Setting Healthy Boundaries as a Therapist

A therapist blocking off time on her calendar.
Megan Sova, LPC, LMFT

Megan Sova, LPC, LMFT

Megan Sova is a licensed marriage and family therapist.

In relationships, boundaries are the limits or spaces between people. A boundary is expressed when one person communicates what they are or are not comfortable experiencing. Setting and maintaining boundaries creates a sense of psychological and physical safety. Healthy boundaries help us practice self-care and demonstrate to others what is and is not acceptable.

As  therapists, it’s important to establish healthy boundaries with our clients to protect their well-being and maintain our own. Boundaries help establish a clear framework for the therapeutic relationship and ensure ethical conduct. Some therapists explain their professional boundaries during the initial client meeting, while others provide a written document outlining their boundaries along with the intake paperwork. Regardless of the method chosen, it is crucial to clearly communicate boundaries at the beginning of therapy.

Here are some tips on how therapists can set healthy boundaries:

Establish clear policies and guidelines

Therapists should establish clear policies and guidelines at the outset of the therapeutic relationship. This includes communicating  their work hours, contact information, cancellation policy, fees, and any other pertinent information. It is strongly recommended to maintain separate  lines of communication for professional purposes to establish boundaries around availability outside of business hours. This helps to set expectations, prevents misunderstandings, and avoids confusion.

Maintain professional distance

Maintaining  professional distance is essential for setting healthy boundaries. Therapists should avoid engaging in personal relationships with their clients beyond  the therapeutic relationship. Sharing excessive personal information about themselves or their lives should be avoided. This establishes a clear distinction between the therapeutic relationship and personal relationships.

Clarify the therapeutic relationship

Therapists should clearly explain the therapeutic relationship to their clients at the beginning of therapy. This includes discussing the limitations of the therapeutic relationship and outlining the client’s role in the process. This clarification helps  prevent confusion or misunderstandings and  establishes a clear framework for the therapeutic relationship, while also supporting the client’s personal autonomy.

Respond to client needs appropriately

Therapists should respond to client needs in a manner appropriate to the therapeutic relationship. They should avoid becoming overly involved in their clients’ lives outside of therapy and focus on providing support and guidance within the therapeutic context. If a therapist is uncertain about the appropriateness of responding to a client’s need,  seeking consultation from supervisors or other mental health clinicians can provide support and guidance.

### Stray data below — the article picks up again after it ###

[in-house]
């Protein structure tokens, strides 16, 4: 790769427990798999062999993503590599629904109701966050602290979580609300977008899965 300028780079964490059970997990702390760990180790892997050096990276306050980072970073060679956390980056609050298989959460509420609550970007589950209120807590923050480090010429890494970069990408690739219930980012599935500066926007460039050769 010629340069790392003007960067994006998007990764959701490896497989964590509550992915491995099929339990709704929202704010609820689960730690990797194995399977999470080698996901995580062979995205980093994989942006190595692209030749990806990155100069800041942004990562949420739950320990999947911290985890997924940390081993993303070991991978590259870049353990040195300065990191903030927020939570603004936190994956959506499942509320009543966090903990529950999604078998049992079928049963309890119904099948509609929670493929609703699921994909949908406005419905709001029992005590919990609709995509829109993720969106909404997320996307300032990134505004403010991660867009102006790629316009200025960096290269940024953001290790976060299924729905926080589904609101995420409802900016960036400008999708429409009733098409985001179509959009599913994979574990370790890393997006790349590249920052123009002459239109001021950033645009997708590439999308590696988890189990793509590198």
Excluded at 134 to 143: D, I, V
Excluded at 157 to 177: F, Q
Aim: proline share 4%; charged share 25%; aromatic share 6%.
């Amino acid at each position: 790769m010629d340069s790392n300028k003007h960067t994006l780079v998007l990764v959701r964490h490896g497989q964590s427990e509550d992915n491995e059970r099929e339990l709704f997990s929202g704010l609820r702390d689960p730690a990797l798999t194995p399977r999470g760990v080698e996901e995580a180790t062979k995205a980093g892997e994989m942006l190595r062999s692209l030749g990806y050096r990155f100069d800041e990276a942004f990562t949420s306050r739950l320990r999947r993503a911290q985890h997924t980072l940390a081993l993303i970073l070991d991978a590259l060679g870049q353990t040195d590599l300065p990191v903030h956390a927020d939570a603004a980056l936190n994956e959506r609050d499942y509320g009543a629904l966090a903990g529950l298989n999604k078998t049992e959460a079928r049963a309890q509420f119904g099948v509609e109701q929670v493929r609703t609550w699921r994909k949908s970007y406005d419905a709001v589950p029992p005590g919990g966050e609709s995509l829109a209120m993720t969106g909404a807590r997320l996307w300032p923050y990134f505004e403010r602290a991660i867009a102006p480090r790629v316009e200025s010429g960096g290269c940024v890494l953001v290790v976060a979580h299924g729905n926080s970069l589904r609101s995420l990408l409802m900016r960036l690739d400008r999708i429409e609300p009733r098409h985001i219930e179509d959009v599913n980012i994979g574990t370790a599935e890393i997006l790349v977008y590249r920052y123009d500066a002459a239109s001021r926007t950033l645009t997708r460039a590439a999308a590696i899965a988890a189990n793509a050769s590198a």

Monitor and manage countertransference

Therapists should monitor and manage countertransference to ensure that their own feelings or experiences are not projected onto their clients. This helps to maintain an objective perspective on the client’s needs and prevents biases or personal opinions from influencing the therapeutic process. Consulting with other therapists about personal feelings regarding a client or their situation can be beneficial in maintaining this boundary.

Practice self-care

Practicing self-care is essential for maintaining healthy boundaries. Therapists should prioritize their own well-being and attend to their physical, emotional, and mental health needs. This helps  prevent burnout and ensures therapists can provide the best possible care to their clients. Self-care activities can include maintaining a healthy lifestyle, such as eating well and getting enough sleep, as well as engaging in hobbies or activities that bring joy and fulfillment. By honoring their own self-care needs, therapists are better positioned to provide effective care to their clients.

Setting healthy boundaries is crucial for maintaining a successful therapeutic practice. By following these guidelines, therapists can provide the best possible care to their clients while protecting their own well-being.

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